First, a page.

Saturday, May 29, 2010

"The probligo's Progress"

Al the Bourgeois Philistine has written a very good and most readable start to a "spiritual autobiography". That led me to thinking what the ol'probligo's version of the same journey might look like.

I guess that the landscape has to begin with the family; my father of Anglican stock, my mother Methodist at best. Other than the usual family events was always "home work", chores and preparing for the following school week.

The school at Te Whaiti is right next door to the local Presbyterian kirk; well, there was a shortcut through a swamp, or it was a brisk walk a hundred yards up the road. So we were "required" to attend Sunday School where we were "baby-sat" for about two hours every Sunday morning. The significance of this move escaped a naive nine year-old and in fact it was another 15 years before I worked out what may have been behind the idea.

It was an "interesting" experience. Interesting because I almost immediately began running to difficulties. I have the memory of trying to understand the meaning of the Catechism; if I have to say this, what does it mean?. Colouring pictures of the major festivals, while learning the story of the man and the pictures; artistic ability zero, concentration about the same.

I think I lasted there about 6 months, I remember the Christmas and Easter services because the Sunday School took part (after suitable teachings) and all of the hymns were sung (very beautifully I think) in Maori. There was then a brief sotto voce but fairly heated discussion between the Minister and the old man following which I was told that I had been expelled from Sunday School for being "too disruptive" and asking too many hard questions.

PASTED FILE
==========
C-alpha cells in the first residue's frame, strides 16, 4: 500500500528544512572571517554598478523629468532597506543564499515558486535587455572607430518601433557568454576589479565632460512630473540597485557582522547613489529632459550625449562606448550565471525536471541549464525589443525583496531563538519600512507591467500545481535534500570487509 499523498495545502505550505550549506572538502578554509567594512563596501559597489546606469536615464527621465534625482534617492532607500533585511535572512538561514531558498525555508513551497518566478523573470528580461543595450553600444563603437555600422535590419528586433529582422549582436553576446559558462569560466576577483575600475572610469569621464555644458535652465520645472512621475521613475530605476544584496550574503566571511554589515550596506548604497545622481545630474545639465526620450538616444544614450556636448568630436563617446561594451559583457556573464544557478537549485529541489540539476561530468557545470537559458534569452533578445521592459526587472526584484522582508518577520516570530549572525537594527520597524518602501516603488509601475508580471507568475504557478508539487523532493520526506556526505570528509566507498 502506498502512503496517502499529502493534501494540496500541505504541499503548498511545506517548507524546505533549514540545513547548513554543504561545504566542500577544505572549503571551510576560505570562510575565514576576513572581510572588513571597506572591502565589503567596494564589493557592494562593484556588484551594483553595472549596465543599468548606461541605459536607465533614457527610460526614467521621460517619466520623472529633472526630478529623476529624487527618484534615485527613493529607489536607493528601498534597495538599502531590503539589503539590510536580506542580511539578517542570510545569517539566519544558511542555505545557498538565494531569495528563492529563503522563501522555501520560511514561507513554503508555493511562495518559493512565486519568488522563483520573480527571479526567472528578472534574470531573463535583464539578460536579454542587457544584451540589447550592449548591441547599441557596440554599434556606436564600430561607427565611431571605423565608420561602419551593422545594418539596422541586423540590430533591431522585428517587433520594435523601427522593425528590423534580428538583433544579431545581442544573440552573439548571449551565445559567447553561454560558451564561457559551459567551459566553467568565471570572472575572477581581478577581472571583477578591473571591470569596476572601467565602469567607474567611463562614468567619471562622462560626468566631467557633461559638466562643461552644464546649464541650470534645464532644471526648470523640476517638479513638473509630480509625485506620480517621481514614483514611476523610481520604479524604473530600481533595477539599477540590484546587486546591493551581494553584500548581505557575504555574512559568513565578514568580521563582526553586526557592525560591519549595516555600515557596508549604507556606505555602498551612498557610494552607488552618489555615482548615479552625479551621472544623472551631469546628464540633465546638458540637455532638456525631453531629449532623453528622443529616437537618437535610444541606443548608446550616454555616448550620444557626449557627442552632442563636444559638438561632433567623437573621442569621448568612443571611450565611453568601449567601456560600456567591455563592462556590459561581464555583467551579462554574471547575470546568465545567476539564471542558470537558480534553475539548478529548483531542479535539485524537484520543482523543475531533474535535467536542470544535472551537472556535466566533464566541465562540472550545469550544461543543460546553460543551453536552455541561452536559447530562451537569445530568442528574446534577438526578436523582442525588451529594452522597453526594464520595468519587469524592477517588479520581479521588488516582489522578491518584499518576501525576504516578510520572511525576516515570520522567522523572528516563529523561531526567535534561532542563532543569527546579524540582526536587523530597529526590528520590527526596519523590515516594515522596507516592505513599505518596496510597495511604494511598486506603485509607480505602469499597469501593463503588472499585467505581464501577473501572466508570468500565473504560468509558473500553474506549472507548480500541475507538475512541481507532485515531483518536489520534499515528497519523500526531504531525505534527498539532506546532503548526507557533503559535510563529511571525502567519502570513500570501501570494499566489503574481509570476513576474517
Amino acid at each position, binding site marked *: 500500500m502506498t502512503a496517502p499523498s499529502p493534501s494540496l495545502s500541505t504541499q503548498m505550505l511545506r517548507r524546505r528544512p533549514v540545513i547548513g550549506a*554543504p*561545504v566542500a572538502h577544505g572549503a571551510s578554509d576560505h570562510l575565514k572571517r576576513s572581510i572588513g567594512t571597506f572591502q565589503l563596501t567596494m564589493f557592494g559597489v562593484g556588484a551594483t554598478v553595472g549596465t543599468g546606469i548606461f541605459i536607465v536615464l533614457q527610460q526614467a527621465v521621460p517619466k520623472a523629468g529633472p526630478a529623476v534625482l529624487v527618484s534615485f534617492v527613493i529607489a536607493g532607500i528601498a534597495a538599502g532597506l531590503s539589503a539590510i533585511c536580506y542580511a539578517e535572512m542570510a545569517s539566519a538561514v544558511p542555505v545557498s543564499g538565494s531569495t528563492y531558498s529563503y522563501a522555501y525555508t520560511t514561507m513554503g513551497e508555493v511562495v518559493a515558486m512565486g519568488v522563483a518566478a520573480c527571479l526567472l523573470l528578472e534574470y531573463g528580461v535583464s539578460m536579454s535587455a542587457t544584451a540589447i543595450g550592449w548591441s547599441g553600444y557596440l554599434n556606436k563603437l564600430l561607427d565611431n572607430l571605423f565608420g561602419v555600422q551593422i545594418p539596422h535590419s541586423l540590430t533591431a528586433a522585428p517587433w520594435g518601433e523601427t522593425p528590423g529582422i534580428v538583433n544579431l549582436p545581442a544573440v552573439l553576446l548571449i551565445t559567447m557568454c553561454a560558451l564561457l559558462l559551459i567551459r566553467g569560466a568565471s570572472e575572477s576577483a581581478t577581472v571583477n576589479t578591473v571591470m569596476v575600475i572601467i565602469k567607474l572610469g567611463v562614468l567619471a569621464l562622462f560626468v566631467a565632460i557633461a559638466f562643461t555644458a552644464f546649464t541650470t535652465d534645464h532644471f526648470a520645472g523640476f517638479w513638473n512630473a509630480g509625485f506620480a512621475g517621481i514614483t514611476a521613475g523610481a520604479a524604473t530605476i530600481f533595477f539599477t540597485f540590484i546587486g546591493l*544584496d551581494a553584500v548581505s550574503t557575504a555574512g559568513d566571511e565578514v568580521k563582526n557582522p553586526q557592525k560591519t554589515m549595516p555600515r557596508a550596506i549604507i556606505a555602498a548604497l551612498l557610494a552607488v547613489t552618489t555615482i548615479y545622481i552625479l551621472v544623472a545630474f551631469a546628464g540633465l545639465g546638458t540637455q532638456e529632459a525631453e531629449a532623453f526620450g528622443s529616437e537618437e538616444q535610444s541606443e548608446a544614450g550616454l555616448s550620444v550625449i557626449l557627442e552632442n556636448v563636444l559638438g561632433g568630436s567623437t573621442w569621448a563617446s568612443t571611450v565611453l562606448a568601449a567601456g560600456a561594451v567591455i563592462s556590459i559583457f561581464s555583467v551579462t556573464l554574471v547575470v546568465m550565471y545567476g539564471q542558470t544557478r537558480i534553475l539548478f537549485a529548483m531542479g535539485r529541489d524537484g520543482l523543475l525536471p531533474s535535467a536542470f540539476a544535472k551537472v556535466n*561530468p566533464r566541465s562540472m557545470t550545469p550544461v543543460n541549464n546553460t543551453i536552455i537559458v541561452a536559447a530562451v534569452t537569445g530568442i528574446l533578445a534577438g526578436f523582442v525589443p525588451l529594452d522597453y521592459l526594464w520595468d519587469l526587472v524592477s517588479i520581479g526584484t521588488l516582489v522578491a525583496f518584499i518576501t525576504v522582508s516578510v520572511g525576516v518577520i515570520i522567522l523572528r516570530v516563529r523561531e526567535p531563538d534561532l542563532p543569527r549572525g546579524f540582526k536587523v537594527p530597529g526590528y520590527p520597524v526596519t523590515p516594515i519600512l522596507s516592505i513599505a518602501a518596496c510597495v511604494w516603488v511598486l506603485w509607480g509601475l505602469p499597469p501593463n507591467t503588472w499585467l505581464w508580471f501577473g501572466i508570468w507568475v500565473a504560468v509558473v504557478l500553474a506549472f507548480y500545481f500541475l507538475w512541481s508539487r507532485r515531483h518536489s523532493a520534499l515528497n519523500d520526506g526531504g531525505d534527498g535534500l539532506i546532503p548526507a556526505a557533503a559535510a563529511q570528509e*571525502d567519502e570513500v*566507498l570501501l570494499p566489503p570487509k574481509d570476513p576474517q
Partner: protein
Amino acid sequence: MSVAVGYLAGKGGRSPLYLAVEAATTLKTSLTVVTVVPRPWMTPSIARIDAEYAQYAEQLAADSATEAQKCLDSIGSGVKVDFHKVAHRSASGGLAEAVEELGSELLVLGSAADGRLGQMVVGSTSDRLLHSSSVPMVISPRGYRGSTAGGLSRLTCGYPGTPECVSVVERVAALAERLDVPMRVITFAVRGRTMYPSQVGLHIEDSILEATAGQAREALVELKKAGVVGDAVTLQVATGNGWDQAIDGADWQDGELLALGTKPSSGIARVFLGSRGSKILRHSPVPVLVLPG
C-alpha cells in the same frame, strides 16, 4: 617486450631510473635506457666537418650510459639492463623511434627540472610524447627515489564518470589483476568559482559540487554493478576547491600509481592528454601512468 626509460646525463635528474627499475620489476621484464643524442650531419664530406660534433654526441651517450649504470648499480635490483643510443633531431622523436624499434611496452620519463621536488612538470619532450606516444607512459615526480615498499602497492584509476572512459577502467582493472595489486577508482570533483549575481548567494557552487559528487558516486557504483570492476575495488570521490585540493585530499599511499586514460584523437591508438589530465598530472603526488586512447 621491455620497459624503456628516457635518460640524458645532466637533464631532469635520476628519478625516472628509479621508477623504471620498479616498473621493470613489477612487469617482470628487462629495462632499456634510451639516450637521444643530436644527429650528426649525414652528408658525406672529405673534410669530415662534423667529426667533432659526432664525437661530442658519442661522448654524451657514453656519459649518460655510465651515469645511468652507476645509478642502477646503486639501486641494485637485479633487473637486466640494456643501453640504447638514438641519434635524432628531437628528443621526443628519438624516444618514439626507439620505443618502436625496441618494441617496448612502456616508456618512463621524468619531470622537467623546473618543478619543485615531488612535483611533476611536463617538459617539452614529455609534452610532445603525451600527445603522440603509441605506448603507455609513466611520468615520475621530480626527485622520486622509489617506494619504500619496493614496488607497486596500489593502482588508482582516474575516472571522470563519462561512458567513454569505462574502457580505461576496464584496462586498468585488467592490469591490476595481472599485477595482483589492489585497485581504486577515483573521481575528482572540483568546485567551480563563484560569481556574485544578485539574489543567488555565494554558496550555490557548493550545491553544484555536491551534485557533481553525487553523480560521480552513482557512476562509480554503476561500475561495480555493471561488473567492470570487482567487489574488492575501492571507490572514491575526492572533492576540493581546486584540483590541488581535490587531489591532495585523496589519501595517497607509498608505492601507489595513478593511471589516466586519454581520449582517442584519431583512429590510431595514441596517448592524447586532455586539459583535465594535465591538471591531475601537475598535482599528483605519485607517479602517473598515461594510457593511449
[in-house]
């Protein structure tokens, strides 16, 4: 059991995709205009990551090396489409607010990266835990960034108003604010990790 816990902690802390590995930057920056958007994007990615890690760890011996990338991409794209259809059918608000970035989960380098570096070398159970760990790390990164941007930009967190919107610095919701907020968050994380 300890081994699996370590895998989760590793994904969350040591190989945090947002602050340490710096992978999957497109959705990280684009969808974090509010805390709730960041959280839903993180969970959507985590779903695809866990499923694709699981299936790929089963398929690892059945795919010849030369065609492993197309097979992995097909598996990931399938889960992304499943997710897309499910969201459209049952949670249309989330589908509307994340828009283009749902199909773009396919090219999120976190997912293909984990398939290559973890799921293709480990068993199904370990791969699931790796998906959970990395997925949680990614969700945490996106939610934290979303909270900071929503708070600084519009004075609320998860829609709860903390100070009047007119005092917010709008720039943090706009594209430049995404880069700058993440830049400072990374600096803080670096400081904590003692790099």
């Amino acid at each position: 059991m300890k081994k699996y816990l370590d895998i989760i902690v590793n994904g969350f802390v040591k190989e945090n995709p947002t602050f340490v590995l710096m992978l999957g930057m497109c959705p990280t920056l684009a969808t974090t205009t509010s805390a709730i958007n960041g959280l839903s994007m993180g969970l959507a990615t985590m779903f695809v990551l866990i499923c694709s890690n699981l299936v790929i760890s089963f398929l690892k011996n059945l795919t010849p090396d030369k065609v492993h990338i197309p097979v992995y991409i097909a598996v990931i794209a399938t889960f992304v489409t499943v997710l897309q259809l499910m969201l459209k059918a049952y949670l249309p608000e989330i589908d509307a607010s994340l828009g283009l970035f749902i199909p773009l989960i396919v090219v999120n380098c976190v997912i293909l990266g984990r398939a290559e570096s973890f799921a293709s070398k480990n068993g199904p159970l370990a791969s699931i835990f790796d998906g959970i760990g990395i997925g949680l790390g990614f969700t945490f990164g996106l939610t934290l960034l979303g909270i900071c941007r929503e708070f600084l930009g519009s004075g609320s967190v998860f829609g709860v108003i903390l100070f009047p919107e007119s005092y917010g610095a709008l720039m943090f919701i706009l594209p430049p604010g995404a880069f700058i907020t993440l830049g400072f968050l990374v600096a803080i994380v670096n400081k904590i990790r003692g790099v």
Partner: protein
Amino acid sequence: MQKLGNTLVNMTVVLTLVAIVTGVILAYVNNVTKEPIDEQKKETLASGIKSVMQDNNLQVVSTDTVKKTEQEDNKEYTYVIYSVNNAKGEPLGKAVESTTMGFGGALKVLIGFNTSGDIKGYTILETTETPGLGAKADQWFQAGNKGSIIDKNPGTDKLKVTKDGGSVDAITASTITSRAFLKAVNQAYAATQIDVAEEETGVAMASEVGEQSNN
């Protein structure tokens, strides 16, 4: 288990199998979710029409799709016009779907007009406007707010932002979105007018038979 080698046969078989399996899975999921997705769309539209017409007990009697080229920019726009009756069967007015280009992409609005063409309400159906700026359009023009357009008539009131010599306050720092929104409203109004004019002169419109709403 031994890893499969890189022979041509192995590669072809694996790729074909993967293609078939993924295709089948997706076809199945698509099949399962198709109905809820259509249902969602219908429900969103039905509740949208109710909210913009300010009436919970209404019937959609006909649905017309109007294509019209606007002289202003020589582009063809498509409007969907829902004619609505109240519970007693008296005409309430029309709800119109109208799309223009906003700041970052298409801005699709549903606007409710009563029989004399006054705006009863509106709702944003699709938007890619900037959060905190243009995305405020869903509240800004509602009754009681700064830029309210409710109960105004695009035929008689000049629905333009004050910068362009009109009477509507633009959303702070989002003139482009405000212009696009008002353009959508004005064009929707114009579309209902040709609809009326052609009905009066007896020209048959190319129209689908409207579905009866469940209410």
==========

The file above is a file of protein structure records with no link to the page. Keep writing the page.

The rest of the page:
My parents made another attempt after we moved north. The Baptist Church had a "camp" just down the road from us and used to turn on a Sunday School programme on the beach during the summer holidays. There was an associated three week "boarding camp holiday". I was sent there as a twelfth birthday present. My chief memory of that experience was being woken - or kept awake - in the wee smalls by two of the senior boarders. Their intent was to "convert" me to religion. Sorry guys, but the myth of "original sin" still escapes me; there is no honest belief in me; anything that I might do or say will be nothing more than pretence; without honest belief my participation would be a lie. After that exerience, "Sunday worship" for the warmer half of the year became the religion of "messing around in boats" as Ratty put it. The Sundays of the colder half were spent recovering from the previous day's rugby game and schoolwork.

It was about that time that I discovered two of my father's books. First was "The Importance of Living" by Lin Yutang, which I still have. Second was "Perennial Philosophy" by Aldous Huxley.

Yutang gave me a very small peep-hole into Chinese traditions and beliefs, Confucionism and Tao. Huxley put me on the road to Hindu and Bhuddist thought.

And so began a long period of digestion. It continues.

To misquote a sf writer "Either there are gods out there, or there are not. Both prospects are equally frightening."

In the meantime I am quite comfortable with how I have lived my life, and the fact of my mortality.

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